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When it comes to athletic camps, there are as many types to choose from as there are sports. From golf and swim to soccer, fencing and beyond, the choices can be overwhelming. Day and overnight athletic camps offer kids the chance to get extra playing time on the field, develop new skills and bond with fellow athletes. Whether you’re looking for a serious athletic experience or a more traditional camp with a focus on sports, you’ve come to the right place.

IS SPORTS CAMP RIGHT FOR MY CHILD?

Alicia Skovera, executive director of the American Camp Association (ACA), NY and NJ, says a child’s excitement for sports camp can inform parents about whether or not it’s a good fit. “You don’t want parents to push and then they’ll not like the sport,” she says. “Just like choosing a college, it’s about finding the right fit.”

STARTING YOUR SEARCH 

When it comes to what type of program is right for your kid, there’s a lot to consider. Athletic camps operate as both day and overnight camps and there are programs as short as one week or up to seven. 

“If a child has a deep passion for a specific sport or activity, I think a specialty camp is a great option,” says Katy Kreiner, director of Berkshire Soccer Academy in East Otis, MA. If your child is playing a specific sport three, four or five times a week, that’s a great reason to consider an athletic camp, Kreiner says. “The camper will get immersed in training in their sport throughout their time at camp. Our Berky campers can gain almost a season’s worth of training during their stay at a 2-week camp. I also think specialty camps are fantastic for kids to build quick relationships because they are all coming in with a common bond of being an athlete as well as loving a specific sport; in our case our campers are all soccer-loving girls. The friendships that develop in just a few days are remarkable.”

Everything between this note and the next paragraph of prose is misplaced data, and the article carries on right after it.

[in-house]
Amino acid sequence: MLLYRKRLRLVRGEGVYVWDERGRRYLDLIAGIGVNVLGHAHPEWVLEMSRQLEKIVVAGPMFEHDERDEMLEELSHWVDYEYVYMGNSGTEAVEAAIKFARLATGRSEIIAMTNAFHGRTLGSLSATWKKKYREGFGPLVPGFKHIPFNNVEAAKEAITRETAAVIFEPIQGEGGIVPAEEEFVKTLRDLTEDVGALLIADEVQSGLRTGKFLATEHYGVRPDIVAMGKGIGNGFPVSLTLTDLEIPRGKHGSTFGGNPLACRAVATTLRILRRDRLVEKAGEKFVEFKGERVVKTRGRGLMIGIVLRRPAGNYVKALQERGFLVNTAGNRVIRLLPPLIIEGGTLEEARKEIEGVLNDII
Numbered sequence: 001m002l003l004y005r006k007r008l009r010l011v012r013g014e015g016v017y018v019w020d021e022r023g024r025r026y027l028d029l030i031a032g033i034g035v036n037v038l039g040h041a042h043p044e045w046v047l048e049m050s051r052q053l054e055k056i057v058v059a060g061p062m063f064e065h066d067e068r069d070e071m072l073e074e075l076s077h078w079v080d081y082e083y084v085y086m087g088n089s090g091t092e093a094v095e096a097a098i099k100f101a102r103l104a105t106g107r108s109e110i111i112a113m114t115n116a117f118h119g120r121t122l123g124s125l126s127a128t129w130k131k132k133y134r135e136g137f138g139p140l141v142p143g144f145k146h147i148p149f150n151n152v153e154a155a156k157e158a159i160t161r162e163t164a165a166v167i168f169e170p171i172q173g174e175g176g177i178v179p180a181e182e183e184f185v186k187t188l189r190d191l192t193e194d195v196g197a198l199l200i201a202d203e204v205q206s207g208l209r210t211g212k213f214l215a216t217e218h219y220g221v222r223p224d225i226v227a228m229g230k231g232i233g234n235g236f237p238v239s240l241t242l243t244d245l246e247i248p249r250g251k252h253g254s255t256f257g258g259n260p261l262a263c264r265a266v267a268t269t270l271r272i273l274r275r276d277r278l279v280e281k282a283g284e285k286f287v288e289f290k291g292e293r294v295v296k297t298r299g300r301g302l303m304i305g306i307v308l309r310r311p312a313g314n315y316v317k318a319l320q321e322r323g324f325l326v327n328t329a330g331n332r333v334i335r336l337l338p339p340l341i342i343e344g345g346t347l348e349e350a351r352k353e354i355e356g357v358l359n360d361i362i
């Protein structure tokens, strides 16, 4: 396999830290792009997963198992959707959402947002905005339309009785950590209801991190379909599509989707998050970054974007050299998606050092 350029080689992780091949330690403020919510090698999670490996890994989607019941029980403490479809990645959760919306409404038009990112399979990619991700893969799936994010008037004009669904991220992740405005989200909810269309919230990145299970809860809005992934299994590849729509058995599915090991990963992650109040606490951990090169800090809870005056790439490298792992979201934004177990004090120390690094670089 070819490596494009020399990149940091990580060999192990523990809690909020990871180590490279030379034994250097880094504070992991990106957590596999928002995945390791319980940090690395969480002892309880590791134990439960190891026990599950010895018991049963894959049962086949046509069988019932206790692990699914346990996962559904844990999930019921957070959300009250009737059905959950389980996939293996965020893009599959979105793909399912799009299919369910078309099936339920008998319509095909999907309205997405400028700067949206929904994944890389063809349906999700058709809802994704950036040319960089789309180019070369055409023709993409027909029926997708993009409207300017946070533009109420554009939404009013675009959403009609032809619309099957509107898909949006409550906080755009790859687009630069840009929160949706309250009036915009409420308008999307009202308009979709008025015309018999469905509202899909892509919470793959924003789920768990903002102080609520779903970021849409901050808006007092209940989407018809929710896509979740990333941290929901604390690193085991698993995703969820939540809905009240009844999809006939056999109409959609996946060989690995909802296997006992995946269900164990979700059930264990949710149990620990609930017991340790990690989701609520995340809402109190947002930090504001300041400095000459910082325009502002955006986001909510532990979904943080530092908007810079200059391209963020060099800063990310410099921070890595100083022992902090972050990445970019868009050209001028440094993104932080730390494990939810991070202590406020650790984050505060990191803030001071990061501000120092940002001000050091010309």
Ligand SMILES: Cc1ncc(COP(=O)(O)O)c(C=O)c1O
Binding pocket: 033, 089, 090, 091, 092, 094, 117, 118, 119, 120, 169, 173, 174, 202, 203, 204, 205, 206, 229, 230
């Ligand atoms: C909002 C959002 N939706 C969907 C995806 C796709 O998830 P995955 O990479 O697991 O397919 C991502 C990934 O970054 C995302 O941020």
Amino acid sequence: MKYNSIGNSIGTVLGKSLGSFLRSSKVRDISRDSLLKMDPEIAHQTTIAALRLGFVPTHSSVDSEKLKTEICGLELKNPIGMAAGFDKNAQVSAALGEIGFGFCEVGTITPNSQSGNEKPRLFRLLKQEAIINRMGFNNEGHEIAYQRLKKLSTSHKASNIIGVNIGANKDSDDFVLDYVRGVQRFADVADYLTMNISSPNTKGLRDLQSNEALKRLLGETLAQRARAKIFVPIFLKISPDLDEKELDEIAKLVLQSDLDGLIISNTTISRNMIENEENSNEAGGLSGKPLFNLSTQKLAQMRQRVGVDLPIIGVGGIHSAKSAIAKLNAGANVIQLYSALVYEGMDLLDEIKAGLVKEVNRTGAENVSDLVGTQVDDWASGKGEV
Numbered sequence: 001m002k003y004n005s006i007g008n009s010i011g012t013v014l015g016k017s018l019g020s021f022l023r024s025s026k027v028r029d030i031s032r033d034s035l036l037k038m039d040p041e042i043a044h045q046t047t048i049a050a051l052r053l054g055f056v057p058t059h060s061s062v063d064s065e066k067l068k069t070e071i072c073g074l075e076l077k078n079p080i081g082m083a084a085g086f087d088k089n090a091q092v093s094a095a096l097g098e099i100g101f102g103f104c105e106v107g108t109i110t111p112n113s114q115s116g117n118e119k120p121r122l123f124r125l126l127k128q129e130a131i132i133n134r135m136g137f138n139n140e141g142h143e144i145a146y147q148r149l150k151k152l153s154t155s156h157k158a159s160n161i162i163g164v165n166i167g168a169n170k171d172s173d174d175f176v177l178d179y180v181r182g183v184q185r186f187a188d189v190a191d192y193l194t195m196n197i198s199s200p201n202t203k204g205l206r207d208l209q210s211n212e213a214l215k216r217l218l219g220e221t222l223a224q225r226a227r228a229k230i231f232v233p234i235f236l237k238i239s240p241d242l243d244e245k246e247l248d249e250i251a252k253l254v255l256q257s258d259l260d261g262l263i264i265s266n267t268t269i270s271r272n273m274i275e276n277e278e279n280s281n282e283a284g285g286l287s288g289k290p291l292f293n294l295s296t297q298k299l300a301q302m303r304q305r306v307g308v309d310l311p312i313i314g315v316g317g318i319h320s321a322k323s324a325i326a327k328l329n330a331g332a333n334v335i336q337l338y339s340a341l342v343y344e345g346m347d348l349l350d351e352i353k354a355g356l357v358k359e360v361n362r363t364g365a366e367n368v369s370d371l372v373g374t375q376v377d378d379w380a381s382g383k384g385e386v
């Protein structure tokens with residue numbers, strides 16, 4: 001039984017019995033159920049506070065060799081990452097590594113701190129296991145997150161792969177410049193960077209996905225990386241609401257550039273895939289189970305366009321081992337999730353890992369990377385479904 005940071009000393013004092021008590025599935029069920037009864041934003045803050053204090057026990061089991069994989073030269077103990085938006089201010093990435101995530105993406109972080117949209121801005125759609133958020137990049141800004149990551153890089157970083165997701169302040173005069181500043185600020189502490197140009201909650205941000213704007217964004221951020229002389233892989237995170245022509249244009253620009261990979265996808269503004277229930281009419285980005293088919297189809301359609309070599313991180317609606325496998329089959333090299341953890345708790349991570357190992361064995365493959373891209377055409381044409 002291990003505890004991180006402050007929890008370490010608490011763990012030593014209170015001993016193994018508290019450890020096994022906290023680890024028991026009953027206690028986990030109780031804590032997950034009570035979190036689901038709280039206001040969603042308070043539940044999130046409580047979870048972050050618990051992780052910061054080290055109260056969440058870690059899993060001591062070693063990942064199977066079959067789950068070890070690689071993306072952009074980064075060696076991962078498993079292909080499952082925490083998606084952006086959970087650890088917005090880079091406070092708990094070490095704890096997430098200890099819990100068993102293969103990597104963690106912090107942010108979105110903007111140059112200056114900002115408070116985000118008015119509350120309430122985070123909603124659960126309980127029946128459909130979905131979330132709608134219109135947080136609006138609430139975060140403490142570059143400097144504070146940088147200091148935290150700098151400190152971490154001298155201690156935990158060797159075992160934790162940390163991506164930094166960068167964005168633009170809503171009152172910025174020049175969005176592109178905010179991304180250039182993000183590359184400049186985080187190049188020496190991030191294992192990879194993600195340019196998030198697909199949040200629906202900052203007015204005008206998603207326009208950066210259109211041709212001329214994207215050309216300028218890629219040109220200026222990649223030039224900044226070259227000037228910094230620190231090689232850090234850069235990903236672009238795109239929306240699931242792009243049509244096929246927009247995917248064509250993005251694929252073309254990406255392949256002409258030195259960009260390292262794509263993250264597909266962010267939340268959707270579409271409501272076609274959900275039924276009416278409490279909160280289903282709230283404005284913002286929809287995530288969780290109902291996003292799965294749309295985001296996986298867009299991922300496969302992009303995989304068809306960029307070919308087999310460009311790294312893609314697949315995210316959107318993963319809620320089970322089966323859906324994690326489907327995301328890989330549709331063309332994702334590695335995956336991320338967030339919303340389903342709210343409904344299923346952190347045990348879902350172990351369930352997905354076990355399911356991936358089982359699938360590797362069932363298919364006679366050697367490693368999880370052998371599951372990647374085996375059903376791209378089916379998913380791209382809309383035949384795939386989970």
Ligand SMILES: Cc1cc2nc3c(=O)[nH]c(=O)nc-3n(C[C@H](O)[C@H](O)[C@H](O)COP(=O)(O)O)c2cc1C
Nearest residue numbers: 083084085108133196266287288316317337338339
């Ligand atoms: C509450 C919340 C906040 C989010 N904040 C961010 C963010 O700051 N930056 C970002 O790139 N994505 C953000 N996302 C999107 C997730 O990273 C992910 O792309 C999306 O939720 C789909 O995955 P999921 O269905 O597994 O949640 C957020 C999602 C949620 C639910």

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QUESTIONS TO ASK 

Skovera says your first step should be to make sure you’re dealing with an ACA-accredited camp. You want to know that the camp is regulated and there are background checks done on the people working with your child. “Know who the camp director is,” she advises. 

Skovera also advises parents to ask what staff training looks like at any camp they’re considering. “Who is the staff? Who’s caring for them on the field and in the bunks? Are the coaches people who work with kids when they’re not at camp?”

Since there’s an inherent risk of injury with sports (some more than others) it’s essential to ask questions such as: What happens if my child gets injured? Where is the nearest healthcare facility? Is there someone on call 24/7? This is especially important if it’s an overnight camp. “Any good camp director will be happy to answer these questions,” Skovera says.

Also important is to know what your child will get out of attending an athletic camp. “Are you looking for a camp that focuses on a specific sport or lots of sports? Is your aim for your child to walk away a better athlete or focus on other things like building community?”

“For kids who are passionate about a specific sport they will likely get many more hours of training and get to train alongside other kids who have the same love of the sport,” says Kreiner. 

If your child is ready for an even more immersive experience, an overnight sports camps can be a great option to consider.

“Just as any other residential camp does, kids get the chance to be away from their parents and family, step outside of their comfort zone and try new things. It helps them become more independent and build deep relationships and bonds with their bunkmates,” says Kreiner.

PLAN A VISIT

The best way to get to know an athletic camp is to visit in person, either in season or during an open house. “Visit a camp to find out the culture,” says Skovera. “See how kids are feeling – most of it depends on the culture of the program. Do kids compete against each other or is it more collaborative?” Parents can also ask about each coach’s philosophy to see if a camp would be a good fit. 

“I like to tell parents, if your daughter is excited to be on the field for four hours a day and work hard, athletic camp is a good fit!” says Kreiner. “I believe mindset and motivation play a big role in a camper’s success.”

If you’re looking for advice before making a decision, Renee Flax (director of camper placement, ACA) offers free one-on-one guidance and can help you figure out next steps and give suggestions. Parents can also visit acanynj.org for more info.